Christianity Confronted with New Ideas of Identity

Reformation historian Carl Trueman says traditional Christianity and the very idea of being made in the image of God is besieged today in the West. In his new book, The Rise and Triumph of the Modern Self, Cultural Amnesia, Expressive Individualism, and the Road to Sexual Revolution (Crossway, November), he writes, “The framework for identity in wider society is deep rooted, powerful, and fundamentally antithetical to the kind of identity promoted as basic in the Bible… Any return to a society built on a broad religious, or even a mere metaphysical, consensus is extremely unlikely.”

But the author, a professor of Biblical and Religious Studies at Grove City College (Grove City, Penn.) and frequent contributer to conservative Christian sites such as The Gospel Coalition and First Things, neither rages nor wails about what he calls a spiritual, theological and cultural crisis. Instead, he calmly examines forces in history, philosophy, psychology and art he says propelled a radical social shift from Scripture’s vision of “male and female He created them.”

PW asked Trueman about where Christianity is headed and why the hottest topic in identity politics today – transgender identity – is so fraught for the faithful.

(This conversation has been edited for length and clarity)

What do you mean by “expressive individualism?

As a Christian, I would say we are made in the image of God and this is my God-given identity. My book traces the transformation of human identity into a primarily psychological understanding of personal identity as a state of mind or a state of feelings. What happens if I believe my mind says one thing and my body says another? Expressive individualism would say God got it wrong. But I would ask, what if God got your body right and your mind is what is wrong?

How does the idea of a transgender identity encapsulate your argument that the Biblical worldview is in danger?

It represents a radical shift in how to understand self and identity. There are fundamental differences in the way the gay debate is set up and the way transgenderism discussion is set up. Although the debates are politically connected, the idea of being gay is still based in a binary understanding – male and female roles. Transgenderism says gender is negotiable, not tethered to biology, not absolute.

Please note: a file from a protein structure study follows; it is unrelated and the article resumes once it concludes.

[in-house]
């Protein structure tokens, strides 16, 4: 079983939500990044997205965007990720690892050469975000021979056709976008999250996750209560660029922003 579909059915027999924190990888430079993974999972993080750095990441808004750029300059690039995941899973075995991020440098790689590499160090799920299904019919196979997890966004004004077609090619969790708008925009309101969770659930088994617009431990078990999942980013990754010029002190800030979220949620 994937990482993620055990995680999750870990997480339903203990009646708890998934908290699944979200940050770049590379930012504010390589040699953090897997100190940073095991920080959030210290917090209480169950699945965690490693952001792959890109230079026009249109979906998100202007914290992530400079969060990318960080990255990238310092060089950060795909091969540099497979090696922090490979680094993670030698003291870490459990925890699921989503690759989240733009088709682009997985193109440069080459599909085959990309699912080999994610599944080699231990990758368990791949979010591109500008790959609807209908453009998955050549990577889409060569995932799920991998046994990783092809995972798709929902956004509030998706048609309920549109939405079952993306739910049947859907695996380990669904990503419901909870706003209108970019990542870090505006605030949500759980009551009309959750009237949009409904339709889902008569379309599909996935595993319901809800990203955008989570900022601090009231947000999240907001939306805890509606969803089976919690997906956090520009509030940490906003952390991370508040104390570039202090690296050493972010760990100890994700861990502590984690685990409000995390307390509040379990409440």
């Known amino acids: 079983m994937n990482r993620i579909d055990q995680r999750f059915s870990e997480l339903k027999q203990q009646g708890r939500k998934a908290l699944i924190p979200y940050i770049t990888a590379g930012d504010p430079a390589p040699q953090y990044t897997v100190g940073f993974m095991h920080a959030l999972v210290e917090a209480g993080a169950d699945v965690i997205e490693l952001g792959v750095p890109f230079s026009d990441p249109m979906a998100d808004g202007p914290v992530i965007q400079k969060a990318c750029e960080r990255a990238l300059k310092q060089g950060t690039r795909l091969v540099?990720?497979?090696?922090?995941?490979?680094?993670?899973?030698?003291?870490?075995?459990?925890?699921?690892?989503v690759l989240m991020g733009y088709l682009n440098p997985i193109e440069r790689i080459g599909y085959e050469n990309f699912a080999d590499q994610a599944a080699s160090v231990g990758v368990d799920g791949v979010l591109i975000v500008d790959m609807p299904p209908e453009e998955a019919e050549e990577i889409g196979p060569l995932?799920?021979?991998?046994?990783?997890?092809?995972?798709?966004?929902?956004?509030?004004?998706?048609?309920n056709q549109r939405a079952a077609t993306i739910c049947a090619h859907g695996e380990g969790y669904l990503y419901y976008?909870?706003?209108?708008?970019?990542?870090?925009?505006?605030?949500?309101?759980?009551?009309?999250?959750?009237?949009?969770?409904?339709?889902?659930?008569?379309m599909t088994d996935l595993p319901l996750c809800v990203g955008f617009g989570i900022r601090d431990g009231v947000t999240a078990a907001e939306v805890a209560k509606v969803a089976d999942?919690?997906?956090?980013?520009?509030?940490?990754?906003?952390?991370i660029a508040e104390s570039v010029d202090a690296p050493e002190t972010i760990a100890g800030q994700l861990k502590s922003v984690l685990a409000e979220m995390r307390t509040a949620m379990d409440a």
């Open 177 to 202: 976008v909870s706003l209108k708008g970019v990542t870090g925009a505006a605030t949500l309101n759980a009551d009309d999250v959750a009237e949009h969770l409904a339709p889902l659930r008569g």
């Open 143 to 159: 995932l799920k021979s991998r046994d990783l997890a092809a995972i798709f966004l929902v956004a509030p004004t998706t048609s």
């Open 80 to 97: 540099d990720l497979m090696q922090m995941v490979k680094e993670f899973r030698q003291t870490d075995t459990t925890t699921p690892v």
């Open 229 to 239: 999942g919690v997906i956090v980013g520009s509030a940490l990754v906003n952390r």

Why is this more troubling to many Christians than even gay marriage?

Most of us have gay friends, gay neighbors. The battle over gay marriage is over. The L, G, B part of the acronym doesn’t affect how we live our life on day-to-day basis. But the T in LGBT is important; the normalization of transgenderism is the point in the sexual revolution that affects everybody and creates challenges and conflicts in many directions. Think of school sports or bathroom policies tor the definition of “privacy.” We all have a stake in the outcome.

Rod Dreher’s forward to your book charges that “erasing the boundaries between male and female” has led to “a general spirit of demonic destruction that denies the sacredness of human life.” But you don’t offer any “polemics or a laments.” Why not?

Arguing about “natural law” is contentious. And shouting Bible verses at young people isn’t going to persuade them that the Christian way is the best way. I want to look objectively, thoughtfully at how we got here and where we’re heading. I don’t see a peaceful resolution. One side will lose and I suspect it will be the religious side that will lose. We have already conceded the vocabulary – allowing sexuality and gender to be determinates of identity. And once you tear identity away from physical embodiment and to root it entirely in the psychological world you are operating on the same trajectory as transgenderism.

You write that Christians can find a model for the future in Second Century “when the church was a marginal sect within a dominant pluralist society.” Why would that work?

Human beings need to belong, to be recognized, to have a community. So we need new communities, small communities of faithful Christian citizens, living by moral principles, trying to be the church and to build relationships.

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